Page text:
Luckily our friend Arnie at American Whitewater Expeditions had also been doing some work on a site upgrade. So while we cannot say that what we have come up with is totally original, we think what we have ended up with looks and works great, and has a nice "River Valley" feel to it.
However that's what we think, but it is what you think that really counts. Drop us an email or Facebook comment if you have any thoughts on the changes.
Posted by Brian Megaw on 7th May, 2013 | Comments | Trackbacks | Permalink
Tags: New Zealand, White water rafting, Horse riding adventures, Taihape, Rangitikei River
Harvesting The Pumpkin Patch
We just recently had the first decent frost of this Autumn. Not a real big frost, but enough to burn the leaves of the pumpkins in the pumpkin patch.
Seems a funny thing to write about for an adventure company, a pumpkin patch.
However, in reality a pumpkin patch is central to the River Valley style of experience.
River Valley Lodge has it's own extensive organic vegetable garden which, especially over the summer, provides much of the fresh produce used in the Lodge kitchens. This focus on growing our own vegetables is part of the River Valley way of doing things.
A way that includes a very natural way of training horses and a grazing system for those horses that tries to emulate conditions more similar to the wild.
Getting back to food, and pumpkins, Lodge meals are produced fresh on site. The style is generally country - lots of roasts - but with some added flair from our Chefs, Miranda and Melissa.
Changes for the future?
None really, except next year we will grow even more pumpkins!
Posted by Brian Megaw on 30th April, 2013 | Comments | Trackbacks | Permalink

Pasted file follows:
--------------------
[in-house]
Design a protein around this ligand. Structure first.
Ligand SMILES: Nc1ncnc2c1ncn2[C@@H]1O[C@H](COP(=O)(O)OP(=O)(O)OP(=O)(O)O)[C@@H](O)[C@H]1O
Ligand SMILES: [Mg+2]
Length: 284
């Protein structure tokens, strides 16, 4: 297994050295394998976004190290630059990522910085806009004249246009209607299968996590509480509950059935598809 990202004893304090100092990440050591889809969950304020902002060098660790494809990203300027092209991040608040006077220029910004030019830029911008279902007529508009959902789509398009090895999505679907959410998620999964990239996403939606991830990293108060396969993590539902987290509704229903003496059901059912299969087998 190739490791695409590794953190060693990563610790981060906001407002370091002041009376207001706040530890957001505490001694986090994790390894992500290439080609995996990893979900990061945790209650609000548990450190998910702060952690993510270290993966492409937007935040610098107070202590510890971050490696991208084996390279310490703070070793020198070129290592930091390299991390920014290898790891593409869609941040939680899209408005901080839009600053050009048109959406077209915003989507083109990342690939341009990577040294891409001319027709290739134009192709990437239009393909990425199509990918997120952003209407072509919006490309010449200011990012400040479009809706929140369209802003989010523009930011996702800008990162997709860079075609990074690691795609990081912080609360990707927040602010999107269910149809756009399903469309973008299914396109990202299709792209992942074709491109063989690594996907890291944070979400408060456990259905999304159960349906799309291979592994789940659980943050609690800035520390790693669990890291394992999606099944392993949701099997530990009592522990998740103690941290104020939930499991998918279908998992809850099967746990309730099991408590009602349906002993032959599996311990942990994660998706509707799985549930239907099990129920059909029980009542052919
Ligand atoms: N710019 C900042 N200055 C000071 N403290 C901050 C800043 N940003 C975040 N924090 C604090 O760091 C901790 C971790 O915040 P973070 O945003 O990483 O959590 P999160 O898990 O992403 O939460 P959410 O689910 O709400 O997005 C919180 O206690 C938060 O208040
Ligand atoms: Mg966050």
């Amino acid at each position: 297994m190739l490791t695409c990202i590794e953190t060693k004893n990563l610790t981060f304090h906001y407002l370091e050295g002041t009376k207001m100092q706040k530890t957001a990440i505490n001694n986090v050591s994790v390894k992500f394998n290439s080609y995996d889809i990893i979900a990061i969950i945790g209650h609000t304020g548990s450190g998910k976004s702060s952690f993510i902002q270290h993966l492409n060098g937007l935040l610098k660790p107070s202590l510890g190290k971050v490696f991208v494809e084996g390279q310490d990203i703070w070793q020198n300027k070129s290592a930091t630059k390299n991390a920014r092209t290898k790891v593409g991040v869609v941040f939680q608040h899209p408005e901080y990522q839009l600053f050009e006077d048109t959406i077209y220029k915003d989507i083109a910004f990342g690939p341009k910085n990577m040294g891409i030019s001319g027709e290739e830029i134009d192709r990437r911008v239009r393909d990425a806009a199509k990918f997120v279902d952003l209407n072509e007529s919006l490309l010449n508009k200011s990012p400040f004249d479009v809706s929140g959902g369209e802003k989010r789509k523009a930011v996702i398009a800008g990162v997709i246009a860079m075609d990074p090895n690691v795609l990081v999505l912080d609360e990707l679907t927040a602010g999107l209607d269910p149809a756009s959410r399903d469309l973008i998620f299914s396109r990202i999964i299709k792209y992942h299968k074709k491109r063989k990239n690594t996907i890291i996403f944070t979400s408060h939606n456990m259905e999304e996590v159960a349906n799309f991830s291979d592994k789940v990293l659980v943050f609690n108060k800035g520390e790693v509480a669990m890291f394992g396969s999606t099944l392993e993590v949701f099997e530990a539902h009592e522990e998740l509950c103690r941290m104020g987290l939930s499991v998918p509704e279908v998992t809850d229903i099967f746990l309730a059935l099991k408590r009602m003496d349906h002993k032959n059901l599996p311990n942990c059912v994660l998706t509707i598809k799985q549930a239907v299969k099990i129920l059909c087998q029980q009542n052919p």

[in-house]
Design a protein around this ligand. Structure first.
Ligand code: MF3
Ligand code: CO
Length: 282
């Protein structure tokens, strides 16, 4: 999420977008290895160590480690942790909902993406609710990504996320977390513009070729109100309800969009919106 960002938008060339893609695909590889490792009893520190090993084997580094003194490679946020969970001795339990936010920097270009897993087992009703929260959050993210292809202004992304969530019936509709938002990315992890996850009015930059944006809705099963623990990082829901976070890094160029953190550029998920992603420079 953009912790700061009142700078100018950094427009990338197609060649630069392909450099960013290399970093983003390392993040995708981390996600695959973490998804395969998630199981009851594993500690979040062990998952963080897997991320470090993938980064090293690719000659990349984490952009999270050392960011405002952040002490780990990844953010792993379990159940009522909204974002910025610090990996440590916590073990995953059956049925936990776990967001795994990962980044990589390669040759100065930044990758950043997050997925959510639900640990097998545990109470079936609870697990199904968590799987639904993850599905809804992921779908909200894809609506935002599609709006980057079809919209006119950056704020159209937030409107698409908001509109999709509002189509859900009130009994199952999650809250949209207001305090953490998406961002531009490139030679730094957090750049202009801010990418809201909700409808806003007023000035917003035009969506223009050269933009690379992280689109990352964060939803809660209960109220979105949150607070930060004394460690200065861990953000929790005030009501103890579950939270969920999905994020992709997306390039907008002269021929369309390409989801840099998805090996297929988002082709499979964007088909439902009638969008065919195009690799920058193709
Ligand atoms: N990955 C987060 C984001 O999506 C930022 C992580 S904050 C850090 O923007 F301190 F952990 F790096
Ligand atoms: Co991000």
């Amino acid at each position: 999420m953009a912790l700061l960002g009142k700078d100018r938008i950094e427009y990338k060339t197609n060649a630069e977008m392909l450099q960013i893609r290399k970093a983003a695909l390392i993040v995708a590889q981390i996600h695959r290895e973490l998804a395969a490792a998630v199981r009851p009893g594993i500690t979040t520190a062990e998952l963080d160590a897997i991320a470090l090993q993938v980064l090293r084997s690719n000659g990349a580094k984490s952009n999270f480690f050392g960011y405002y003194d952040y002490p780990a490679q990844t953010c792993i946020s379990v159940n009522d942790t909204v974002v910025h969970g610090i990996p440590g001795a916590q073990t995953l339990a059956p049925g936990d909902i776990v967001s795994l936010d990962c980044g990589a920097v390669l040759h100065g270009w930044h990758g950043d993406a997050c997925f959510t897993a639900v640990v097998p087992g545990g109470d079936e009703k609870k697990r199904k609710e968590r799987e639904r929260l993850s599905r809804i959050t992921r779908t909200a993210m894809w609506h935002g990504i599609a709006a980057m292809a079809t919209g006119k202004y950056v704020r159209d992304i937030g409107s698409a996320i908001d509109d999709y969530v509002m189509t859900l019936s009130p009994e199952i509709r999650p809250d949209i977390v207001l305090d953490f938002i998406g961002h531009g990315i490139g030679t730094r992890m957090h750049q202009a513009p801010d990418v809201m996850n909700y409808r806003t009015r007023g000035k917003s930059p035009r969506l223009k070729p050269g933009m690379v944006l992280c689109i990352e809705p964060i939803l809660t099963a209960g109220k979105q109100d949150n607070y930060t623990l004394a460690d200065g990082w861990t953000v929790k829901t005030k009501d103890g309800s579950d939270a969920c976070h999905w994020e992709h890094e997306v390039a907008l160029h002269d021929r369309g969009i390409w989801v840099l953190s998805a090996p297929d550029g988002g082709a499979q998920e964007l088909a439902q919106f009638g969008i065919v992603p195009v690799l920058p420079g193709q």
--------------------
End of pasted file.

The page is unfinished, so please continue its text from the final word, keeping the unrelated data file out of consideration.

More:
Tags: food and wine, country food, Lodge meals, New Zealand
Watch Out For The White Masked Robber
The White Faced heron - aka Matuka-moana, blue heron, blue craneWe had a visitor in the garden several weeks ago.
He came in, alighted on a wooden pergola and seemed quite a friendly chap. I quickly got my camera and took a few shots. There he was clad in his blue feathered coat and white mask, looking as innocent a new born babe.
But this fellow was not innocent at all. No not at all.
In fact ever since him and his extended family permanently set up house in New Zealand, having originally come in from Australia in the 1940s, they have been involved in illegal fishing. Plundering really.
While I thought he was simply being a friendly chap, what he was in fact doing was eyeing up the gold fish in the goldfish pond. He wasn't governed by some quota. He intended to eat the lot.
And that was what he went and did. He plundered every last gold fish in the gold fish pond - and there were a lot of gold fish.
So next time you see this friendly good looking fellow, this beautiful bird as he takes flight, slowly spreading his wings, his legs trailing behind him, do not tarry, go straight home and cover your gold fish pond.
Posted by Brian Megaw on 22nd April, 2013 | Comments | Trackbacks | Permalink
Tags: new zealand birds, fishing, conservation